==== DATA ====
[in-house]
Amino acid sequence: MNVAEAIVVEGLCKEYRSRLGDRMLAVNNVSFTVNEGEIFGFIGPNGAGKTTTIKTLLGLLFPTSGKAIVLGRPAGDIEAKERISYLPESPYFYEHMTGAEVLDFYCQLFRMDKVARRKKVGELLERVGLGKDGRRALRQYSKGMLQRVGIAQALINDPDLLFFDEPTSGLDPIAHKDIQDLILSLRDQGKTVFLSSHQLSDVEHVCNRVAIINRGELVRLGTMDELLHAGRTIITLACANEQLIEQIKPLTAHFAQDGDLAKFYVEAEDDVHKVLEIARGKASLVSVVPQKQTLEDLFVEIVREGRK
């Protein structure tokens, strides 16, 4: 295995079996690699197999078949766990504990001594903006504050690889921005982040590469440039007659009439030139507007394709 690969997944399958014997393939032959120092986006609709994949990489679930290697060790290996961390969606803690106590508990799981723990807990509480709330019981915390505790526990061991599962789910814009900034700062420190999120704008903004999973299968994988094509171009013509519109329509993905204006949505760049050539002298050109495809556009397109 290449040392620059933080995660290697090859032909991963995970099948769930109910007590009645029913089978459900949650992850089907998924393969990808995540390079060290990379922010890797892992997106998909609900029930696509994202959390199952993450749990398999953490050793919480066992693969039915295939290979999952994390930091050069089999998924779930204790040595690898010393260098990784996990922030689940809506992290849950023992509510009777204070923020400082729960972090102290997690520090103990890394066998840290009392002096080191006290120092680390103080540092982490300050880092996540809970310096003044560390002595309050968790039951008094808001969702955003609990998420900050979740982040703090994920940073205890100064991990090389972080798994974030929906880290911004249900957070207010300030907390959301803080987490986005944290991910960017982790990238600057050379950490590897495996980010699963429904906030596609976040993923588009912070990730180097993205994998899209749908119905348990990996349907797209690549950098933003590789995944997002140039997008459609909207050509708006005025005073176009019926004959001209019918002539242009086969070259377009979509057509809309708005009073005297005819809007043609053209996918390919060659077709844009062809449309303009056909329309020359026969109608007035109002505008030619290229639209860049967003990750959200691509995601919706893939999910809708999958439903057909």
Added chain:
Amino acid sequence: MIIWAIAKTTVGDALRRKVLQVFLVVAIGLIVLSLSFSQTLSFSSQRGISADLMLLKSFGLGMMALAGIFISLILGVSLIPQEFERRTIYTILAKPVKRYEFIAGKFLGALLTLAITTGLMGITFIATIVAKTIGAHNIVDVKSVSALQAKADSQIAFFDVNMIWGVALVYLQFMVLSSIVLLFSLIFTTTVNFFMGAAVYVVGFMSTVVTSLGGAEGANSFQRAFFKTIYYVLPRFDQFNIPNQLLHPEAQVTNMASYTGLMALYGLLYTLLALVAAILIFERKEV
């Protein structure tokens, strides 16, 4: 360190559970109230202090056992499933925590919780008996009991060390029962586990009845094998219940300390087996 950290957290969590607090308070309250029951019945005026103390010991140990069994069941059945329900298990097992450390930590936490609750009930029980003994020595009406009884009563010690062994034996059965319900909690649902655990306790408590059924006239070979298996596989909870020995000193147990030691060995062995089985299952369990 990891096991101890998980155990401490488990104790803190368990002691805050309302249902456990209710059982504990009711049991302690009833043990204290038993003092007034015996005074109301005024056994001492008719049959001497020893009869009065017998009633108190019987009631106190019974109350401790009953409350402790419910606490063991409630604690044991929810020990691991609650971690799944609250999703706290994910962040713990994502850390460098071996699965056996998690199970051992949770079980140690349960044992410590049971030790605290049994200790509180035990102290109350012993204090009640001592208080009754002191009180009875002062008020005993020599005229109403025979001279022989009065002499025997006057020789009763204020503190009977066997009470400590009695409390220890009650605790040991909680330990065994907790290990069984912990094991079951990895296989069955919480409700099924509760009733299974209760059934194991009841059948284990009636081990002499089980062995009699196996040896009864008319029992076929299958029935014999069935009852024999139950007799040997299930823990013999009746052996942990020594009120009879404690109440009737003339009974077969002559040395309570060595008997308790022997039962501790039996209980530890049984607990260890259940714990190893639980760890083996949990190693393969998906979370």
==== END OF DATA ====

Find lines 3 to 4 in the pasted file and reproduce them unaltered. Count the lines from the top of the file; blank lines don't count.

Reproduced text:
């Protein structure tokens, strides 16, 4: 295995079996690699197999078949766990504990001594903006504050690889921005982040590469440039007659009439030139507007394709 690969997944399958014997393939032959120092986006609709994949990489679930290697060790290996961390969606803690106590508990799981723990807990509480709330019981915390505790526990061991599962789910814009900034700062420190999120704008903004999973299968994988094509171009013509519109329509993905204006949505760049050539002298050109495809556009397109 290449040392620059933080995660290697090859032909991963995970099948769930109910007590009645029913089978459900949650992850089907998924393969990808995540390079060290990379922010890797892992997106998909609900029930696509994202959390199952993450749990398999953490050793919480066992693969039915295939290979999952994390930091050069089999998924779930204790040595690898010393260098990784996990922030689940809506992290849950023992509510009777204070923020400082729960972090102290997690520090103990890394066998840290009392002096080191006290120092680390103080540092982490300050880092996540809970310096003044560390002595309050968790039951008094808001969702955003609990998420900050979740982040703090994920940073205890100064991990090389972080798994974030929906880290911004249900957070207010300030907390959301803080987490986005944290991910960017982790990238600057050379950490590897495996980010699963429904906030596609976040993923588009912070990730180097993205994998899209749908119905348990990996349907797209690549950098933003590789995944997002140039997008459609909207050509708006005025005073176009019926004959001209019918002539242009086969070259377009979509057509809309708005009073005297005819809007043609053209996918390919060659077709844009062809449309303009056909329309020359026969109608007035109002505008030619290229639209860049967003990750959200691509995601919706893939999910809708999958439903057909």
Added chain: